“It gets well used, that’s for certain,” said Heyman.
“I should note as well, that seven per cent is the minimum set out in the Franchise Agreement. We can request a greater percentage but we never have,” she said. According to Heyman, the Town is entitled to request up to 20 per cent of the distribution charges for the municipal coffers.
The agreement with ATCO is due to be renewed in 2023.
A spokesperson for ATCO said being the distributor for the area means they own the high voltage power lines which transport the electricity from where it is produced to the transformer and then onto a customer’s home or business.
In an e-mail, the spokesperson said they can speak to the general difference in usage, but not the total impact that has on the bill because the financial impact is dependent on the retailer you purchase your electricity from.
“Generally, there are fluctuations with a customers’ energy usage during temperature changes. We have found the changes to be approximately 5 kWhs per one-degree Celsius change in weather,” said the ATCO spokesperson.
According to the company, there was an all-time record for electricity system demand on Feb. 9 as well as several unplanned power plant outages in February reducing the available supply.
The company noted they had submitted a request to the Alberta Utilities Commission in December to defer “compulsory distribution rate increases” in order to provide rate relief to customers during the COVID-19 pandemic.
A price schedule is published each year by ATCO, which gives some insight into how they are calculated.
According to that price schedule, the transmission charge is usage-based, while the distribution charge is a combination of a set daily rate and usage. Rate riders are “temporary credits or charges approved by the Alberta Utilities Commission to adjust for over or under collection of approved costs,” and are also calculated based on usage.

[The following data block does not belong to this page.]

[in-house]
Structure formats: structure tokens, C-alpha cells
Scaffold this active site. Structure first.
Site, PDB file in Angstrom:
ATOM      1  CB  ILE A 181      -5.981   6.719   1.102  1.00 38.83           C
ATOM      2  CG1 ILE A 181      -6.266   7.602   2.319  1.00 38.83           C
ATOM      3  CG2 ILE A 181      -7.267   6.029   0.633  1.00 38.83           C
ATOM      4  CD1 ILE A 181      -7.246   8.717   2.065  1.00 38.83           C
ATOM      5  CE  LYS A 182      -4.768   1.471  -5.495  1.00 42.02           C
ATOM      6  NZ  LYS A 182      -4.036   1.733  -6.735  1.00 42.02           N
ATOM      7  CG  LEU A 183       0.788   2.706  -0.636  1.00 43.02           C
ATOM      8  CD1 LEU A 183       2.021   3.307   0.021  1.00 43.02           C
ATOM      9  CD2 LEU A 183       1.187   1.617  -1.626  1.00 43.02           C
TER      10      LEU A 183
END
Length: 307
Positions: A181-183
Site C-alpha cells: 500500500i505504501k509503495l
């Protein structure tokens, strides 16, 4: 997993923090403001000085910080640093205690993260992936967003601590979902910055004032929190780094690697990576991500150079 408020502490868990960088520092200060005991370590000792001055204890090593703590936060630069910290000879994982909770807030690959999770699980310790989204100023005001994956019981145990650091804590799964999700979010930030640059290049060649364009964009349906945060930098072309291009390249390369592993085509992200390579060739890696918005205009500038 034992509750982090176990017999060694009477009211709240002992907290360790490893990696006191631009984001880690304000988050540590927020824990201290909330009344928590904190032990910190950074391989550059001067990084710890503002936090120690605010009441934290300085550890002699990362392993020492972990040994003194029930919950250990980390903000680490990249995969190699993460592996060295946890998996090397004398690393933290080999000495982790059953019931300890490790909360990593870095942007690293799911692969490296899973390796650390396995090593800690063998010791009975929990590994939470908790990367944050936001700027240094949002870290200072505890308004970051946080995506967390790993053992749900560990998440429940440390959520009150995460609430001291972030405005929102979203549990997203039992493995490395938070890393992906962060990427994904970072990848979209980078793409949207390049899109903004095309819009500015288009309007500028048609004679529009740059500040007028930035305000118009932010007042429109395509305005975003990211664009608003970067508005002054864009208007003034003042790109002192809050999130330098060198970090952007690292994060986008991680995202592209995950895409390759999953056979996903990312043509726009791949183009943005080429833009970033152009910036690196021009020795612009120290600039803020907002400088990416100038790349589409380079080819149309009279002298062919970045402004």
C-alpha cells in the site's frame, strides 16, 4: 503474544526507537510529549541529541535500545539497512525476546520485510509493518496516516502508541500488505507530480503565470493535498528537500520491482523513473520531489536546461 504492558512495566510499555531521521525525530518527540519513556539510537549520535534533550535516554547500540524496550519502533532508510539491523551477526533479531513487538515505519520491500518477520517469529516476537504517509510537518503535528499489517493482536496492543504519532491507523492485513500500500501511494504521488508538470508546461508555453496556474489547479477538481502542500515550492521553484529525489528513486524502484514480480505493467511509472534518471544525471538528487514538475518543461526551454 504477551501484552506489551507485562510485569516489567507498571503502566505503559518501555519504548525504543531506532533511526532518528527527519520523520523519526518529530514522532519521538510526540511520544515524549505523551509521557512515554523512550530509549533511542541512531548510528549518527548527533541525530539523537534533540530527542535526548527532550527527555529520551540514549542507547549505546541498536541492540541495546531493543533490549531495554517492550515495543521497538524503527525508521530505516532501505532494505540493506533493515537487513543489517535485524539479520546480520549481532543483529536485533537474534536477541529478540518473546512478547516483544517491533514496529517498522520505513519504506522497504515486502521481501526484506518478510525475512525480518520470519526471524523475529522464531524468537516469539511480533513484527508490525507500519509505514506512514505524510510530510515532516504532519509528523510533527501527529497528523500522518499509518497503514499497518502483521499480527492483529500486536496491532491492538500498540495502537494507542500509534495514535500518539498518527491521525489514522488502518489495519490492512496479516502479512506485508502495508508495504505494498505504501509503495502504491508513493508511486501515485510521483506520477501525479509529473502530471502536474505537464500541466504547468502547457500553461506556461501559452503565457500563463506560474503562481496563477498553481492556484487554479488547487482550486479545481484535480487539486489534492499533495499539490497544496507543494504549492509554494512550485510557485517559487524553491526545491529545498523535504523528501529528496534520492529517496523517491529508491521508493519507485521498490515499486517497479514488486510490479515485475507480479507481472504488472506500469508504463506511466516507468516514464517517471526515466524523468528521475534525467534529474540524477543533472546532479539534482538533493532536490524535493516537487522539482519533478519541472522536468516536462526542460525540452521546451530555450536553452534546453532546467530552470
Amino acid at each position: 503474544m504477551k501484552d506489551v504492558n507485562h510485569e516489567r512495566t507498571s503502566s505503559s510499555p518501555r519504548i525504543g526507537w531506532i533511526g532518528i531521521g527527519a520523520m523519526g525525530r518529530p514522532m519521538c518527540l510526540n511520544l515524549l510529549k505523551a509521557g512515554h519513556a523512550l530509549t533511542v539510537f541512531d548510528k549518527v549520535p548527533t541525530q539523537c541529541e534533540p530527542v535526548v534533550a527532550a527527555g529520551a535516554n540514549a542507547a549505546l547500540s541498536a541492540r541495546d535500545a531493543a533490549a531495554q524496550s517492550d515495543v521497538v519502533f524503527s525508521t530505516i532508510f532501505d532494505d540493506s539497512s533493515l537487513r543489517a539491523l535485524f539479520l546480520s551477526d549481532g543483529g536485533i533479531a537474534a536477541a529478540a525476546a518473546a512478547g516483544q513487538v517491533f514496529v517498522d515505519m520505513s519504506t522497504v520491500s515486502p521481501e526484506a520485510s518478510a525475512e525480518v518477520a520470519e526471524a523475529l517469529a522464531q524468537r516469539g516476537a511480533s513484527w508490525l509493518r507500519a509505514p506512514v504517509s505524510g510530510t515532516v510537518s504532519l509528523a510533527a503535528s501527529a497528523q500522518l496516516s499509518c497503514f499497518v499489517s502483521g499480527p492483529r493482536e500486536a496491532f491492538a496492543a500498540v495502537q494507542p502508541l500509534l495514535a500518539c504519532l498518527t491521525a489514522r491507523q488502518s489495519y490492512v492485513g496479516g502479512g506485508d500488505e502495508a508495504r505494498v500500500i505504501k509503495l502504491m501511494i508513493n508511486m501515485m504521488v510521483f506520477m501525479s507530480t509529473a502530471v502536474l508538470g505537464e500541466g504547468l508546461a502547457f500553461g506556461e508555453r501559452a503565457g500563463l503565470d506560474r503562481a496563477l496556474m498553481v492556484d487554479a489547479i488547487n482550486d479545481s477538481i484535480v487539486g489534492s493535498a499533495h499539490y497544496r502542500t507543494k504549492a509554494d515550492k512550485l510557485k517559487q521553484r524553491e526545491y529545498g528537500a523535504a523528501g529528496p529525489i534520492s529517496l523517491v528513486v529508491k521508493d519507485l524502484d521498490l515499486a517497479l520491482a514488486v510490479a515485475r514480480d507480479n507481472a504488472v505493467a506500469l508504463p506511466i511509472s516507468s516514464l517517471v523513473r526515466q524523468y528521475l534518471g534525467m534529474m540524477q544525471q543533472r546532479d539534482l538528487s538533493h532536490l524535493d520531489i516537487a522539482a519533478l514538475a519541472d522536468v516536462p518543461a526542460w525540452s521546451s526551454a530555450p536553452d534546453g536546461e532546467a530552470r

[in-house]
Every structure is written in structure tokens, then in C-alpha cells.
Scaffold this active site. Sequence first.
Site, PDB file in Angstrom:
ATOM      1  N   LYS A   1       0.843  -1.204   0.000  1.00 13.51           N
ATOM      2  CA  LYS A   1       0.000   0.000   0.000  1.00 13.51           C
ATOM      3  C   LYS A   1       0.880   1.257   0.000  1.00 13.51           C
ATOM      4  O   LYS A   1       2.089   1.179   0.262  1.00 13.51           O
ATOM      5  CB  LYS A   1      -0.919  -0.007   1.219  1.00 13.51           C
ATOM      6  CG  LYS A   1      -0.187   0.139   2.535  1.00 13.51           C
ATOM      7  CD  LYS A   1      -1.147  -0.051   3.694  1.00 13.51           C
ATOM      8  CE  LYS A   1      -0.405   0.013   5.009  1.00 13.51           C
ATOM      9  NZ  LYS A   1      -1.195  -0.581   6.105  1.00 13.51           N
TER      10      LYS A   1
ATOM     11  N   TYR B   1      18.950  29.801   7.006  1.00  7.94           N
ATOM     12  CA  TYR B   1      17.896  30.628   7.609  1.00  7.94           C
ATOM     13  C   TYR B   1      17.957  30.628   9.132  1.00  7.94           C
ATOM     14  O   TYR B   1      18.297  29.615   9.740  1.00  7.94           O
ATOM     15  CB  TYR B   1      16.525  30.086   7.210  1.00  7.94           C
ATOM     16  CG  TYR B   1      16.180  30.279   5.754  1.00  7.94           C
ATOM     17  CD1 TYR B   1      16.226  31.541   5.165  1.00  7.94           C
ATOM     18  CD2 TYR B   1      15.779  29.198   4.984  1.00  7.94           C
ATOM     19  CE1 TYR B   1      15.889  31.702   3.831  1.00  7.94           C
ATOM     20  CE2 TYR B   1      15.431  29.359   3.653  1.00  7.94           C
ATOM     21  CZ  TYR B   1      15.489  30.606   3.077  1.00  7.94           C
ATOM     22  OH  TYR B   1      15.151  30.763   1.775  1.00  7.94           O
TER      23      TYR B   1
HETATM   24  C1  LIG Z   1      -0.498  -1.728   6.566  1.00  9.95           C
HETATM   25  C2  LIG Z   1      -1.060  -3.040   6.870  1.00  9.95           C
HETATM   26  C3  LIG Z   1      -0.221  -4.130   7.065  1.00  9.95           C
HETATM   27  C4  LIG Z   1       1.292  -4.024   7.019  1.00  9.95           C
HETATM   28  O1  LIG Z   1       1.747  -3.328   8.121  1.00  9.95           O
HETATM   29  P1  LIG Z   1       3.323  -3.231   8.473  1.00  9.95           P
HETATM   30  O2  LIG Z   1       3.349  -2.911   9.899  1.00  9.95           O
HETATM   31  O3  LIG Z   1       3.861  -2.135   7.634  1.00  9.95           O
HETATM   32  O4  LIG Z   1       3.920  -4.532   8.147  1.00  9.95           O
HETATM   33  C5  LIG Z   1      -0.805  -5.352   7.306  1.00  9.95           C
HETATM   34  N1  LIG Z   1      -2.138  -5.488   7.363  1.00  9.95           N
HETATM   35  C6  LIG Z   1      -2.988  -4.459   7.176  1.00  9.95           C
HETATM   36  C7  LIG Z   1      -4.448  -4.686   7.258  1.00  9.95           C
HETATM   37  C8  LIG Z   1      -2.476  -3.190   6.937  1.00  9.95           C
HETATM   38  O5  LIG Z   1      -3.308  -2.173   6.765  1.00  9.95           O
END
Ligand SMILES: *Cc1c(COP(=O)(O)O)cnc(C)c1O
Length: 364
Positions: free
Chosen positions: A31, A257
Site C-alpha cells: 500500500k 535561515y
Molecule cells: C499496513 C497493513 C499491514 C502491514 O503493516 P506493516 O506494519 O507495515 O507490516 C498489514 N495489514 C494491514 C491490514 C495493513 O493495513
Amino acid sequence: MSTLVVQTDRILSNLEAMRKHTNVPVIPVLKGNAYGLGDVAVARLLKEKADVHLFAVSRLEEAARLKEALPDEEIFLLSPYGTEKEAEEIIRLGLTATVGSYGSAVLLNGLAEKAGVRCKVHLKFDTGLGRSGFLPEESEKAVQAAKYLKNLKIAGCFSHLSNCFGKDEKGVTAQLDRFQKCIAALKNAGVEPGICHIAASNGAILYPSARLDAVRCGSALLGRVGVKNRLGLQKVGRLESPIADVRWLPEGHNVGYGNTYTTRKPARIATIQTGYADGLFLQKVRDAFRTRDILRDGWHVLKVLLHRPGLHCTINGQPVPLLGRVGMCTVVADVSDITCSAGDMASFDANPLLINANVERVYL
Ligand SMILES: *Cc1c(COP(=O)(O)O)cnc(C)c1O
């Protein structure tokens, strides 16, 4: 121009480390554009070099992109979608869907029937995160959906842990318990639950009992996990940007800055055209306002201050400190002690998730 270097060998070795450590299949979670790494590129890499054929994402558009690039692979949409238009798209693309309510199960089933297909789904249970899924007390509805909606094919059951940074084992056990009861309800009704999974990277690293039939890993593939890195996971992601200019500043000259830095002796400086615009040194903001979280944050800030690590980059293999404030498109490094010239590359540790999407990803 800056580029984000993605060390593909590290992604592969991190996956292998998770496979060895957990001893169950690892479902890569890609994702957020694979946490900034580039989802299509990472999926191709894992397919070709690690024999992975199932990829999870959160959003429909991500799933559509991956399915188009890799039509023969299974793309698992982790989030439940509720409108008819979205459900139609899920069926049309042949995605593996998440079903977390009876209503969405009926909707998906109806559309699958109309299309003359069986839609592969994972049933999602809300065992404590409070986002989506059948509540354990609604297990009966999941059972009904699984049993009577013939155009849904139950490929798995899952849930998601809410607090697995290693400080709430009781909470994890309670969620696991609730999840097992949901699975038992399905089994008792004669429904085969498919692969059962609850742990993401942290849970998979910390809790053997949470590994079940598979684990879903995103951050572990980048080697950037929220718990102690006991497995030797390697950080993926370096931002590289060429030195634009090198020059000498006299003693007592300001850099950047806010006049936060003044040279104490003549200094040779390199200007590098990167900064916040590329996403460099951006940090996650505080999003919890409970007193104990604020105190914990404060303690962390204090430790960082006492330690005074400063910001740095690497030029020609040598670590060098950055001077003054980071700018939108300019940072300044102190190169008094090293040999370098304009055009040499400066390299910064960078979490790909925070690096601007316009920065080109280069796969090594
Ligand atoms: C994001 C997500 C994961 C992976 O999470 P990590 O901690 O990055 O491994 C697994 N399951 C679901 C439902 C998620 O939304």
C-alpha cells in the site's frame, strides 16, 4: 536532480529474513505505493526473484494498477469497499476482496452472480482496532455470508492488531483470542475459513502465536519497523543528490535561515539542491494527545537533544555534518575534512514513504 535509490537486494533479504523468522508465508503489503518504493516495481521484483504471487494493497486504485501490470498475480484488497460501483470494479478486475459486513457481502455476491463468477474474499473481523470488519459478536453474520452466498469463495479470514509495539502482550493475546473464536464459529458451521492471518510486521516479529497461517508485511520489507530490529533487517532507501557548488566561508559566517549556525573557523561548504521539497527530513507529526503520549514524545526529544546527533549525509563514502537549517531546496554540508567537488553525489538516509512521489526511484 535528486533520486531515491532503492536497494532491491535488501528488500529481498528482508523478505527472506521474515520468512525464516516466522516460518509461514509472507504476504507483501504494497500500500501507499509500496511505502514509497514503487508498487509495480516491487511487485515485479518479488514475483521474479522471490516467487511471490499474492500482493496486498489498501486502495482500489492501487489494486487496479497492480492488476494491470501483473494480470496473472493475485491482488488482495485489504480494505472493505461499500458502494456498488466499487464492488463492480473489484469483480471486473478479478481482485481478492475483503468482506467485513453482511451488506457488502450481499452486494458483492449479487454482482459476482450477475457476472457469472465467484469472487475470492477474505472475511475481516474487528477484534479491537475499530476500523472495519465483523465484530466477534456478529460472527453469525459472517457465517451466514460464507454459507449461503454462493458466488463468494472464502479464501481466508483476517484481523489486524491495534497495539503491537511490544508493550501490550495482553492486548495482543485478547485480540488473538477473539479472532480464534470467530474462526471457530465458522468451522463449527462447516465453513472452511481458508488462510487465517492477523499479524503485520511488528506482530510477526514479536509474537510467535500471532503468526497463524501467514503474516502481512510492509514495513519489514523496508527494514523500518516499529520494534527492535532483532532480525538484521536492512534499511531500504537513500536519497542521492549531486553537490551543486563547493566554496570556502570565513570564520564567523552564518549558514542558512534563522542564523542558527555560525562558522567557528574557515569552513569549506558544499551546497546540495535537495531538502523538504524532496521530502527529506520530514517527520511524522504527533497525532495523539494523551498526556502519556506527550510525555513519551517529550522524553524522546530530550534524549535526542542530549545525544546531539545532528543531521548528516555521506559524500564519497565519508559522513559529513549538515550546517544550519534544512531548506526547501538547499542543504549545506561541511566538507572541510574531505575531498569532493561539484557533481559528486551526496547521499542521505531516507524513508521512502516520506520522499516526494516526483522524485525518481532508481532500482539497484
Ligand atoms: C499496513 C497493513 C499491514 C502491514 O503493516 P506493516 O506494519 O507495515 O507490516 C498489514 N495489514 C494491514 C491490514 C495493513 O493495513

“Even our three-year-old son knows to turn the lights off when we’re leaving a room. Unless we start living by candlelight, there’s not much more we can do to reduce our consumption,” said Warner.
One thing which is available through some providers which Warner thought might help, is a time of use service where electricity costs more during the peak hours and less during off-peak.
ATCO does have a price schedule for time of use residential service but it requires an advanced metering system to be installed in the home and is only available by request. Not all electricity retailers offer the service.
“It would be good though because then for things like laundry, you could flip loads before going to bed for the night and it would be a little bit inconvenient, but you’d also pay less for the electricity to do it. You’d get something for it,” said Warner. According to the ATCO website, in a typical home washing and drying clothes is the source of 24 per cent of the energy used.
“It is what it is. At the end of the day, you just roll over and take it because you don’t have a choice. You have to have electricity,” said Warner.
Residential solar panels more feasible than you think
But not everyone is rolling over.